NBC congressional reporter Luke Russert granted an interview to David Brody of the Christian Broadcasting Network, and agreed with Brody's suggestion that the media can bite people of faith if they wear their faith on their sleeve too obviously.
"I think that's absolutely accurate," said Russert, saying snark is valued in religion coverage alongside stereotypes: (Video and transcript below)
An article in Monday’s U.S. News & World Report by Ken Walsh, a veteran journalist who covered five presidencies, notes a growing “unhealthy antagonism … between the West Wing and the mainstream media.” If the assessment is accurate, it could mean that the press, after four years of mindless obeisance to this administration, is finally ready to provide frank coverage, warts and all.
The sea change, if one is in the cards, started with the now-infamous brouhaha involving another old hand, Bob Woodward, and White House economic adviser Gene Sperling. Since Woodward publicly asserted that he was threatened by the administration, a number of White House correspondents have come forward to affirm that the press has long been expected to show deference and go with the administration-provided narrative or keep quiet.
It's hard to imagine the media rooting, even "cheering" for a social conservative like Rick Santorum. But two certified MSMers claim that Santorum does have the potential to attract such unlikely support.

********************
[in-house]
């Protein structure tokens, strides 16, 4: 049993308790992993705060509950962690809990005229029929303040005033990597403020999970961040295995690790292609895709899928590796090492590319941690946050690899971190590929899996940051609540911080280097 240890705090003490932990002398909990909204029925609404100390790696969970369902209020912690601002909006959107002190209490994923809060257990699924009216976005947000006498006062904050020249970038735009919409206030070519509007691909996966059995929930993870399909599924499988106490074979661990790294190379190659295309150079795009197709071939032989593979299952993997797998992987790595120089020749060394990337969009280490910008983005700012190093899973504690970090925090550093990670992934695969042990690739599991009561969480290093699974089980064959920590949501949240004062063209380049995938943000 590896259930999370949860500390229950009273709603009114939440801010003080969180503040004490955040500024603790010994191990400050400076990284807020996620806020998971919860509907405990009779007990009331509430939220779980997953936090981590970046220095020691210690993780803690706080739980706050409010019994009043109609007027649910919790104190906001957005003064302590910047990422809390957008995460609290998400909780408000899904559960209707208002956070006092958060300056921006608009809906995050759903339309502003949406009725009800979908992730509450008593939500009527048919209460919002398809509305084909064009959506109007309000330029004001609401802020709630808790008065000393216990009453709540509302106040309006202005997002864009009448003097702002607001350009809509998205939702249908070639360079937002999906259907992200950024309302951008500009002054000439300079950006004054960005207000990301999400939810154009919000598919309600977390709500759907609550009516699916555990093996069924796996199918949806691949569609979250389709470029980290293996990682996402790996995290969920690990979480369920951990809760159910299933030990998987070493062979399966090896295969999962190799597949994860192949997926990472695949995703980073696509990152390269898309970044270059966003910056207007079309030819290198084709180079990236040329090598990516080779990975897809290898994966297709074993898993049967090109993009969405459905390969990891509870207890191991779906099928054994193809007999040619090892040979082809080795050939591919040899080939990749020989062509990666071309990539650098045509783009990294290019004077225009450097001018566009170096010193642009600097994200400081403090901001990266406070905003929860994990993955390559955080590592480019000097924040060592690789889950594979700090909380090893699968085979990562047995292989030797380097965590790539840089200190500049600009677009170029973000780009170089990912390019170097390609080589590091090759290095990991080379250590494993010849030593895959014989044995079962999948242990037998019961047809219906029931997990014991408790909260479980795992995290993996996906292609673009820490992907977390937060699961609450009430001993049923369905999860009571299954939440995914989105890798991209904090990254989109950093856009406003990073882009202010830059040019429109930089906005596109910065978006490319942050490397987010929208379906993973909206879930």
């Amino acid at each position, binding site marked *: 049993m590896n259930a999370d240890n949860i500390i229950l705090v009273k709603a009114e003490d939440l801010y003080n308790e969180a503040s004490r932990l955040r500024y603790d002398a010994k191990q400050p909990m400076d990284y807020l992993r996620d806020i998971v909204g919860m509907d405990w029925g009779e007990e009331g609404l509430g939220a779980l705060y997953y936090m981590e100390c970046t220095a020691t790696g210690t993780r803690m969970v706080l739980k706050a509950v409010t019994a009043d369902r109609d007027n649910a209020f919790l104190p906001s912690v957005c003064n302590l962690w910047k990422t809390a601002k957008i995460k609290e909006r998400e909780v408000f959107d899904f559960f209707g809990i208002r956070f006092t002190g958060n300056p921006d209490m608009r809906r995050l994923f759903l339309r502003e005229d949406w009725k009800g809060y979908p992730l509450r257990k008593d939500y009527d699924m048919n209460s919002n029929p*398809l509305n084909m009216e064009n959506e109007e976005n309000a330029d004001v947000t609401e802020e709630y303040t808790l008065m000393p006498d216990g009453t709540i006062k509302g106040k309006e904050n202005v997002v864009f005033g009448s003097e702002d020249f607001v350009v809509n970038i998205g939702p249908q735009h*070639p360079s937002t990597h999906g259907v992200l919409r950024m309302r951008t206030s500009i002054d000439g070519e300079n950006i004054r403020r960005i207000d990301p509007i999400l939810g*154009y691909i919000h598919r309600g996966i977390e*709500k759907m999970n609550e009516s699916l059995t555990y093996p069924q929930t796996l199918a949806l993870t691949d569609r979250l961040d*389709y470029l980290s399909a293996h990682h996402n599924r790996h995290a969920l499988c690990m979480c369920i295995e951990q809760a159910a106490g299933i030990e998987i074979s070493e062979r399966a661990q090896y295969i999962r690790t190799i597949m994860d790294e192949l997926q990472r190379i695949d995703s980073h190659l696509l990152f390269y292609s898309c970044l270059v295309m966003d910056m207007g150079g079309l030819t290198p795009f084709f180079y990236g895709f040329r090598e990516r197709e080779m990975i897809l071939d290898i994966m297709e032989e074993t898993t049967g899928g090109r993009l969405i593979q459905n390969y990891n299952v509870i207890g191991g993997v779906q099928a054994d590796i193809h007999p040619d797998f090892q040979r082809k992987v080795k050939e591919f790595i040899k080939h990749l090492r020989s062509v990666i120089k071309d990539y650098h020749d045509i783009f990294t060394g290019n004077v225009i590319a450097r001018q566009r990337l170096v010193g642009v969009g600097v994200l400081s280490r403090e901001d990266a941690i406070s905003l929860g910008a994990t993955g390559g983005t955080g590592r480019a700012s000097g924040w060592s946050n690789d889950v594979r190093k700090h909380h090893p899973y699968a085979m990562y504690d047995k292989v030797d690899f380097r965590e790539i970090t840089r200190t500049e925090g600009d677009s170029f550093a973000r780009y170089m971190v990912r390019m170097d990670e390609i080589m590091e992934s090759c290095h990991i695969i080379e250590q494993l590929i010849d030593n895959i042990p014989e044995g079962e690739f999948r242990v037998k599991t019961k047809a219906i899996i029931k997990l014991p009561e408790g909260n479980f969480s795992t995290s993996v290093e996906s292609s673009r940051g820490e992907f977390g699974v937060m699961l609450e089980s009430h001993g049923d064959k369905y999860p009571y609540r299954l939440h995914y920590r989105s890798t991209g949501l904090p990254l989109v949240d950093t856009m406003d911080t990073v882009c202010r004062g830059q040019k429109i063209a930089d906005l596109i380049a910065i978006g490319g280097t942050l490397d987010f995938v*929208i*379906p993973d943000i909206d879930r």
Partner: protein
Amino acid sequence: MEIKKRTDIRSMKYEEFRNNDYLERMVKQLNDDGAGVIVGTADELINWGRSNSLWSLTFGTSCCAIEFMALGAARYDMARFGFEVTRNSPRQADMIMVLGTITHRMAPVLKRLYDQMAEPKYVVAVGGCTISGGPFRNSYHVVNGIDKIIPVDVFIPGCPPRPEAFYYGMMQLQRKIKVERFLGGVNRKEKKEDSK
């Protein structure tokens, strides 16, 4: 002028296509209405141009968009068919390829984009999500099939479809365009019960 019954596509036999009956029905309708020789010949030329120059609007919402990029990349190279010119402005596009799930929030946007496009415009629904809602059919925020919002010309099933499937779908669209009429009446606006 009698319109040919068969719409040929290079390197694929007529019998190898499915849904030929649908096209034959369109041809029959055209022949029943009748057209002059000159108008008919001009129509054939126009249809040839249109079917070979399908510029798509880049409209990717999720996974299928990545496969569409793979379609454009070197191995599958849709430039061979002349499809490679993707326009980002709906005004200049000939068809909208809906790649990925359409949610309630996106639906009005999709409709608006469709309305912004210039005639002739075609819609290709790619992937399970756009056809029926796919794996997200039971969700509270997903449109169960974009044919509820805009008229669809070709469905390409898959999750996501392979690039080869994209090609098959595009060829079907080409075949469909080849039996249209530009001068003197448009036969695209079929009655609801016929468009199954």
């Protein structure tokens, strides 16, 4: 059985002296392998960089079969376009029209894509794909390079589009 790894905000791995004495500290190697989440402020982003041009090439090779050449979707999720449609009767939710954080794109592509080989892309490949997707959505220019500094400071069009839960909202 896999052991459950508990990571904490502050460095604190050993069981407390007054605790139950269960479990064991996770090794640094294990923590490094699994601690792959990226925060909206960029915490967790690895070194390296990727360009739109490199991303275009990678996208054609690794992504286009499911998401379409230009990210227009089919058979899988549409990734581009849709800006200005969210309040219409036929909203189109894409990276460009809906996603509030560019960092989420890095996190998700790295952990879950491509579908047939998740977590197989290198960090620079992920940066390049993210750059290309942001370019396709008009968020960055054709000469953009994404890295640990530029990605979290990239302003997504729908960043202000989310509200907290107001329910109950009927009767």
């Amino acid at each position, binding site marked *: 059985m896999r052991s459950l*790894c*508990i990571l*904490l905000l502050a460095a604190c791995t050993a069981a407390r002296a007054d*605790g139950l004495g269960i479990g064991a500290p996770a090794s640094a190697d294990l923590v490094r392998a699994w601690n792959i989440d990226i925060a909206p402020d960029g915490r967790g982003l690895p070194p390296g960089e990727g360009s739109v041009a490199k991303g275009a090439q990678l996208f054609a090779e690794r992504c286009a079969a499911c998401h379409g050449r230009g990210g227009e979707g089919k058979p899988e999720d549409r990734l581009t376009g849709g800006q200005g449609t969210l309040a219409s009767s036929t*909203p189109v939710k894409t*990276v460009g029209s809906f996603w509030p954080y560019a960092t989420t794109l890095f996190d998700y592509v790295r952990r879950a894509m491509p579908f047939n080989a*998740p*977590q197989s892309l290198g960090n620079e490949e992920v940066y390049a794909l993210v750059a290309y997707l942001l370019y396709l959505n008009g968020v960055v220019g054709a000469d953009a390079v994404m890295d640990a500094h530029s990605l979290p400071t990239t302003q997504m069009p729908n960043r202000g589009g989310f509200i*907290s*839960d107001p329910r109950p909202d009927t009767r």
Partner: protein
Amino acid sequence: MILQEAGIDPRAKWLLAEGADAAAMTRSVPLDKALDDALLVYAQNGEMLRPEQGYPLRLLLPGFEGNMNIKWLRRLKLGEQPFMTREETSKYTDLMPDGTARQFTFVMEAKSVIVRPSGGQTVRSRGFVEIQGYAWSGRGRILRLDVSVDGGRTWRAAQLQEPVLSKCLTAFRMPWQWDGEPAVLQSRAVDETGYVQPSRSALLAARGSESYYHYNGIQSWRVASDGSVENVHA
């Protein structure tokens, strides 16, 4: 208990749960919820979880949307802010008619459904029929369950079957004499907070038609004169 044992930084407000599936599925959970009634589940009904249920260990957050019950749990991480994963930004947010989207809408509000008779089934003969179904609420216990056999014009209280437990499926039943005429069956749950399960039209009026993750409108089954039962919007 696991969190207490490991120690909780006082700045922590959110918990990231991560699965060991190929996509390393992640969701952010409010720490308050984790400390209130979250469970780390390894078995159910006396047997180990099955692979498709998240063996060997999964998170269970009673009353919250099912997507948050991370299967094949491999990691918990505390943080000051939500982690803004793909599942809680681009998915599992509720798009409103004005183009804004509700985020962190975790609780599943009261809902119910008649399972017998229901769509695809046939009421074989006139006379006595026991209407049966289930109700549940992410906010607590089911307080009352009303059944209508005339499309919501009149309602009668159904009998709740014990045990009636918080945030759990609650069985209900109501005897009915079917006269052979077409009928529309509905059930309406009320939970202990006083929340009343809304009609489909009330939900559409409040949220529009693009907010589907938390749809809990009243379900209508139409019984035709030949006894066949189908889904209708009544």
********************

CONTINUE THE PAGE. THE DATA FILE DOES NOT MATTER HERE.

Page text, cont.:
On today's Morning Joe, Mark Halperin and John Heilemann, co-authors of the best-selling Game Change about the 2008 election, both opined that Santorum, given his appealing blue-collar background—and if he can avoid getting prickly with the press—could indeed find the media rooting for him. Video after the jump.
In bridge, a trump card is held in reserve for winning a trick. In politics, Donald Trump is anything but reserved and appears to think he might trick enough voters to win the next presidential election.
There's plenty to draw on when critiquing a possible Trump candidacy. His multiple marriages (three) and affairs provide fodder for the media and contrast poorly with President Obama's "family values" image as husband of one wife and father of young daughters, whom he clearly loves.
Conservative Delaware Senate candidate Christine O’Donnell (R), a popular target of the mainstream media, was questioned on CNN’s “American Morning” for her statements about faith and prayer in her interview with Christian Broadcasting Network White House Correspondent David Brody. The Christian candidate cited prayer as playing a central role in her campaign, and her comments drew raised eyebrows over at CNN.
“For some people, they think this seems so arrogant, to pray to win a senate race, um, but how is it viewed in the evangelical community?” anchor Kiran Chetry asked Brody. Brody quickly responded by saying that O’Donnell isn’t praying for a victory, but rather, “God’s protection, and for, you know, people within her staff and the eyes of the voters to be open, so to speak.” Brody quickly pointed out to Chetry that the power of prayer is a mainstream concept among average Americans and that O’Donnell is being singled out because she is a political candidate. [Video after page break]